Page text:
Anna Coleman Ladd

Anna Coleman Ladd

1878 - 1939

Anna Coleman Watts Ladd was an American sculptor in Manchester, Massachusetts, who devoted her time and skills throughout World War I to designing prosthetics for soldiers who were disfigured from injuries received in combat.

Anna Coleman Watts was born in Bryn Mawr, Pennsylvania and educated in Europe, where she studied sculpture in Paris and Rome. She married Dr. Maynard Ladd in Salisbury, England and then moved to Boston. She studied with Bela Pratt for three years at the Boston Museum School. Her Triton Babies piece was shown at the 1915 Panama-Pacific Exposition in San Francisco. (It is now a fountain sculpture in the Boston Public Garden.) In 1914, she was founding member of the Guild of Boston Artists and exhibited in both the opening show and the traveling exhibition that followed and where later she held a one-woman show. She completed other works with mythological characters, and these pieces continue to surface and are sold in auctions today.

Ladd challenged herself on many artistic fronts and wrote two books, Hieronymus Rides, based on a medieval romance she worked on for years and The Candid Adventurer, a sendup of Boston society in 1913. She also wrote at least two unproduced plays; one of which incorporated the story of a female sculptor who goes to war.

She devoted herself to portraiture and was well regarded. Her portrait of Eleanora Duse was one of only three that the actress ever allowed. In late 1917, her husband, Dr. Maynard Ladd was appointed to direct the Children's Bureau of the American Red Cross in Toul. Anna stayed on the homefront, but, in her search for ways to help the war effort, she learned about the work of Francis Derwent Wood in London. He developed lifelike masks to help soldiers with facial deformities. She contacted him and together they improved upon the mask techniques.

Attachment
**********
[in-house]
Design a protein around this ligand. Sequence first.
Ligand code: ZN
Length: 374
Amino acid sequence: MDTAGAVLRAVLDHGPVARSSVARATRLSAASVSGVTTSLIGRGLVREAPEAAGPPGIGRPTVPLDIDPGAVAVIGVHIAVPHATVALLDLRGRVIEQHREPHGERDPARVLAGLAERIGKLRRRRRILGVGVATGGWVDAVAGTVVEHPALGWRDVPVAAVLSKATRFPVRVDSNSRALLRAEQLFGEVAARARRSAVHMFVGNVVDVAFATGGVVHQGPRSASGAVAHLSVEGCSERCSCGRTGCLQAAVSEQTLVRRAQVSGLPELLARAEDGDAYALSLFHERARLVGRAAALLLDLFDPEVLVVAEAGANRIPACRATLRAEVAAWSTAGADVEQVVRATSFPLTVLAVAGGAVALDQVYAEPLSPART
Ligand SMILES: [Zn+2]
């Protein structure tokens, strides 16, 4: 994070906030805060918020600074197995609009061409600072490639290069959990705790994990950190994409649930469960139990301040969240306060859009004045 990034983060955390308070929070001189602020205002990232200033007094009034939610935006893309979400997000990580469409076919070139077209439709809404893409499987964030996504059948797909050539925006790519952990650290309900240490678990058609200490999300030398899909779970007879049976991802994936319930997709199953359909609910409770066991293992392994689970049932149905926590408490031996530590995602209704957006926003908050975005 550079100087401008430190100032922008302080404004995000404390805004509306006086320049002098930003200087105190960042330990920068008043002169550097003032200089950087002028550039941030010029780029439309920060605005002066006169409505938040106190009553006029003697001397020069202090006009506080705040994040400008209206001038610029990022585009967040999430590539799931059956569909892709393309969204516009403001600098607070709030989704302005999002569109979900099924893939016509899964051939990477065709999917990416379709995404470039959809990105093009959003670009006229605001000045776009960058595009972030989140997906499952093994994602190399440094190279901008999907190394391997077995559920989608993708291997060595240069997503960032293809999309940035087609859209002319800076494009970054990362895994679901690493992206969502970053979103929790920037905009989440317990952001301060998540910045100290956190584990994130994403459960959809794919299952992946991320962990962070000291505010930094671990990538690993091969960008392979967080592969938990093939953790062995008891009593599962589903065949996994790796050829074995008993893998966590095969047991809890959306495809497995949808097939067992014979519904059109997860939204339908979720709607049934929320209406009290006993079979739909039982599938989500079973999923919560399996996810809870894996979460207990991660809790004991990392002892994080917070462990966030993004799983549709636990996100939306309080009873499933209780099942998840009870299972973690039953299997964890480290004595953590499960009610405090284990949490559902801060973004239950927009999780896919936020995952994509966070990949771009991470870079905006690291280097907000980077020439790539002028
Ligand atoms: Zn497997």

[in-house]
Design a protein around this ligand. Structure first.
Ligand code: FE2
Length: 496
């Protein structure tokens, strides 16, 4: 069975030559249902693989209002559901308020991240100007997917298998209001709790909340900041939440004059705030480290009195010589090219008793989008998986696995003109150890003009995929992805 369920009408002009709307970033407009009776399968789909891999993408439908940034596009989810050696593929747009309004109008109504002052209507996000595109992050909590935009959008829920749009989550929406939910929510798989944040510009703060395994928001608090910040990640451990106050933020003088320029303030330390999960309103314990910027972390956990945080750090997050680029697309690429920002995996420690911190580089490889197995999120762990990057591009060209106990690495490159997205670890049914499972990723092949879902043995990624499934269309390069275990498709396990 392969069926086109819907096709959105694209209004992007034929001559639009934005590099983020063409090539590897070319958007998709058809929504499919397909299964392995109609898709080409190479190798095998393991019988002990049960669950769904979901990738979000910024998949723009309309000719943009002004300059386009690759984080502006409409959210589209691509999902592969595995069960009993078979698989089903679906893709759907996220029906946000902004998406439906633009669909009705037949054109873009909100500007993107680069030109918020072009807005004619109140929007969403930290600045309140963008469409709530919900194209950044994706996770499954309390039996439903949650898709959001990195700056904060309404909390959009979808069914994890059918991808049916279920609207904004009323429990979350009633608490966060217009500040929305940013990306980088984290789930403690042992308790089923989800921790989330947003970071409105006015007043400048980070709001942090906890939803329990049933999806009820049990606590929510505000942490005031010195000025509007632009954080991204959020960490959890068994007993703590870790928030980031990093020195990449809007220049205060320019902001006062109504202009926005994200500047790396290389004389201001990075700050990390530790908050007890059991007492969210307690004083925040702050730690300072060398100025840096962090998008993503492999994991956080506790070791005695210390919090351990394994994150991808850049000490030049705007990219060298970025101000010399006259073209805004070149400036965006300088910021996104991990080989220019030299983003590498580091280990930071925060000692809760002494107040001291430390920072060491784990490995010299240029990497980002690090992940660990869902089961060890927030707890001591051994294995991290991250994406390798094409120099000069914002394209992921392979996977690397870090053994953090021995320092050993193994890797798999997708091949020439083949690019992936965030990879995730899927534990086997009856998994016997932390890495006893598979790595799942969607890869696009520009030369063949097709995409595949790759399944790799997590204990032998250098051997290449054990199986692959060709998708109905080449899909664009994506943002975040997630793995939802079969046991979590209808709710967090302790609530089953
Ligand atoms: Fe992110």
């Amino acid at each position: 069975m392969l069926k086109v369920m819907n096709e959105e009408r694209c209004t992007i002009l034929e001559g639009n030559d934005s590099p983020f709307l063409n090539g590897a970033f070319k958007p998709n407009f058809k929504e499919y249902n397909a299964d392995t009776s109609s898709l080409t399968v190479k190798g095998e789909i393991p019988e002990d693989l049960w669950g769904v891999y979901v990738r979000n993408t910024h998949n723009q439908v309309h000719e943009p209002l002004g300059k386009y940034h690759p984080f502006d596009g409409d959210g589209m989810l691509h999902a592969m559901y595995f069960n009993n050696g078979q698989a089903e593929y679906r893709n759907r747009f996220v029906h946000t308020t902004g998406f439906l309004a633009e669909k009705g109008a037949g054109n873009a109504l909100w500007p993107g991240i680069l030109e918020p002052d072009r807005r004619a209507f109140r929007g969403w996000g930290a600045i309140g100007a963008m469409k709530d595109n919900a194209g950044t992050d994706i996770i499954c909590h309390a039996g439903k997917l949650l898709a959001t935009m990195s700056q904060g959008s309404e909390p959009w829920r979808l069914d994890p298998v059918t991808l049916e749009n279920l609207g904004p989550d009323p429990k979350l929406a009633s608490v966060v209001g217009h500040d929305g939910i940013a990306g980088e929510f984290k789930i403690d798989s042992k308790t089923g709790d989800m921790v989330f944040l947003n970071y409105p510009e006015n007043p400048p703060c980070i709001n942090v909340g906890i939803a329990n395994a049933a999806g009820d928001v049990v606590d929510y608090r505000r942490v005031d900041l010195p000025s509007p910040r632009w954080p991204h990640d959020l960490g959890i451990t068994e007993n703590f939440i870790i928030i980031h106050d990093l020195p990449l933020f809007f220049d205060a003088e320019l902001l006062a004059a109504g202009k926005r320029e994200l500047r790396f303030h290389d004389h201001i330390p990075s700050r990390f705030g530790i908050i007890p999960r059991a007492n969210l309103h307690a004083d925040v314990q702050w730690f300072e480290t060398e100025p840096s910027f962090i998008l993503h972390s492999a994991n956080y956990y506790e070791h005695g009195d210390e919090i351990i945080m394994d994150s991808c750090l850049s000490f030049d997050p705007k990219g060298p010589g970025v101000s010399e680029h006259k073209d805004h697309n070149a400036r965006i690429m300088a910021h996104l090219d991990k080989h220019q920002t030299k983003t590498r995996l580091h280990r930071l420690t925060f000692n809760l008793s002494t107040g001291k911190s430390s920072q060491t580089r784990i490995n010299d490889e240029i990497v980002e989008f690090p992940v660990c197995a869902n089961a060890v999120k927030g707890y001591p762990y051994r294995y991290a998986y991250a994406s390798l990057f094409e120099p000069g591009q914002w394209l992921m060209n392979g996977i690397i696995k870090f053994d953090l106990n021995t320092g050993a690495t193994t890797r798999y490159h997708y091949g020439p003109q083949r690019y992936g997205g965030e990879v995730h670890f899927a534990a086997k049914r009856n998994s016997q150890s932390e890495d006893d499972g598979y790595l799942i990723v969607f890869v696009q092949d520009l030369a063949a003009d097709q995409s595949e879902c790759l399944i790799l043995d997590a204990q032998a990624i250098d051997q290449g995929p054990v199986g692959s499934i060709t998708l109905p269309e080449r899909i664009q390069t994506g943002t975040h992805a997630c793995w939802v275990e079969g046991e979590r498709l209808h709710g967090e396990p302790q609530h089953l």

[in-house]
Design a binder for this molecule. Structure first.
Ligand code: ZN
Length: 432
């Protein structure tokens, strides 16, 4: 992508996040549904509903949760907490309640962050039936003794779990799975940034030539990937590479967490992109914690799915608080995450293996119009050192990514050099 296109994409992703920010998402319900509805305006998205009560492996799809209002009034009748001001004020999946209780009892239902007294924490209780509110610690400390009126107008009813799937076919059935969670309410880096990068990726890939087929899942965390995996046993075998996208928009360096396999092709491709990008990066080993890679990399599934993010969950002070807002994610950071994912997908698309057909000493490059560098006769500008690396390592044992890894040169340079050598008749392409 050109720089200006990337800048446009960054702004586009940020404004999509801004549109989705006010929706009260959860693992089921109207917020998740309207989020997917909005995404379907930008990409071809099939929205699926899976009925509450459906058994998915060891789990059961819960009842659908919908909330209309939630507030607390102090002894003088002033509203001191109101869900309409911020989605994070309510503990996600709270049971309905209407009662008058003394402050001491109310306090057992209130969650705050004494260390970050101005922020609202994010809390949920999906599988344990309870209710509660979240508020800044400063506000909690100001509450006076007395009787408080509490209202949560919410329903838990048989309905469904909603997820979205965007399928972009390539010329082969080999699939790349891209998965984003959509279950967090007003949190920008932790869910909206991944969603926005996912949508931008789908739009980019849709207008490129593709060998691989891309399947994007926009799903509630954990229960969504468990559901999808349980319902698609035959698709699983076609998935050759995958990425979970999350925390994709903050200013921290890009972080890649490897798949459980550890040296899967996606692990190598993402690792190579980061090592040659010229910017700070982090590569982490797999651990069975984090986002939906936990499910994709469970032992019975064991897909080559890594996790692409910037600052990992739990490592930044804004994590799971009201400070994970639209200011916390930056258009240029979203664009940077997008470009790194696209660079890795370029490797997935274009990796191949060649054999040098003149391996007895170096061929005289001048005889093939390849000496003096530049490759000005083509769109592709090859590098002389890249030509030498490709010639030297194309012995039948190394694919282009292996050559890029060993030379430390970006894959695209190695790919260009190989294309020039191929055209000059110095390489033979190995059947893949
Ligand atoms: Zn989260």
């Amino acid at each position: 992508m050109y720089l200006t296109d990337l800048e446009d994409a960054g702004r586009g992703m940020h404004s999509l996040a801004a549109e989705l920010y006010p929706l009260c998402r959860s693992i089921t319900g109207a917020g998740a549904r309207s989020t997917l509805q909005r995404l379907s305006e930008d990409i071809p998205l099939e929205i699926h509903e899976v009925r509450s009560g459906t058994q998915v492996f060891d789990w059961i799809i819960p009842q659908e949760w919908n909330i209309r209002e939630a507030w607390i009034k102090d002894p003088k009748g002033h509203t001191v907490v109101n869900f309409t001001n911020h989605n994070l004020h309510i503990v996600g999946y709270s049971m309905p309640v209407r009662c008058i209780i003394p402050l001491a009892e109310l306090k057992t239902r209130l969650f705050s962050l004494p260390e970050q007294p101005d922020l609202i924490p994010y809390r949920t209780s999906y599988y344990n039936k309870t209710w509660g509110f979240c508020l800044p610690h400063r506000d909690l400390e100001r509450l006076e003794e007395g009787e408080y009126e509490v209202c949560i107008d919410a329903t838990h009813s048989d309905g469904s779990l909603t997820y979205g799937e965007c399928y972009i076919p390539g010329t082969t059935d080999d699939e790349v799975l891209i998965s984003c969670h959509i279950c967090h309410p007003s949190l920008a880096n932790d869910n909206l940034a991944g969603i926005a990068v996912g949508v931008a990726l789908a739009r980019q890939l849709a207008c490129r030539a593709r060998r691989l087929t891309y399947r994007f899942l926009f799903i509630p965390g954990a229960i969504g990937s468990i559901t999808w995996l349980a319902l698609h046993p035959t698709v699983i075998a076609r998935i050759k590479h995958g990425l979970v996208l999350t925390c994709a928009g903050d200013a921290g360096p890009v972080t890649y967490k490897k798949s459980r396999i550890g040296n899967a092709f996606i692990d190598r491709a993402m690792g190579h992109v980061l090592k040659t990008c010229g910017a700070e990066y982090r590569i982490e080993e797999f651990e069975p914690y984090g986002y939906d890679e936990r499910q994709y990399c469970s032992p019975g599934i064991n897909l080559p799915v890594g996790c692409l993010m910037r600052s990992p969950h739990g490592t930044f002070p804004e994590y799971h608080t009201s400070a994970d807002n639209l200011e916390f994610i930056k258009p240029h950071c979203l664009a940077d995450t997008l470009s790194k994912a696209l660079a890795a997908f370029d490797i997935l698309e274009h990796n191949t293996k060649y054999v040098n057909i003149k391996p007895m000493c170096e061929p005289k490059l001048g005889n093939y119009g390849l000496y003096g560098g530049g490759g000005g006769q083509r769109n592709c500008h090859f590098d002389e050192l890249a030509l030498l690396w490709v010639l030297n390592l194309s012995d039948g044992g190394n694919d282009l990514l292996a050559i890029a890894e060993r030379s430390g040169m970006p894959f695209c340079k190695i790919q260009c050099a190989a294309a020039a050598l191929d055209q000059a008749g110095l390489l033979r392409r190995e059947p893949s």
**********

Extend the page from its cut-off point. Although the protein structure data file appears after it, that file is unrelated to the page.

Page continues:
She applied for permission to go to France to work with the soldiers there, but had to receive special permission from Gen. Pershing to do so, as it was forbidden for husbands and wives to serve in war zones at the same time. She received permission and worked with the American Red Cross to go to France. in the Masks for Facial Disfigurement Department in Paris. Ladd founded the American Red Cross "Studio for Portrait-Masks" to provide cosmetic masks to be worn by men who had been badly disfigured in World War I. Her services earned her the Légion d'Honneur Croix de Chevalier and the Serbian Order of Saint Sava.

After World War I, she depicted a decayed corpse on a barbed wire fence for a war memorial commissioned by the Manchester-by-the-Sea American Legion. In 1936, Ladd retired with her husband to California, where she died in 1939. She was survived by her daughters, Gabriella May Ladd, who was the second wife of Kyra Sedgwick's paternal great-grandfather and Vernon Abbott Ladd who died in 1970.

Her sculpture Triton Babies (shown) is featured on the Boston Women's Heritage Trail.

Text courtesy of Wikipedia, 2023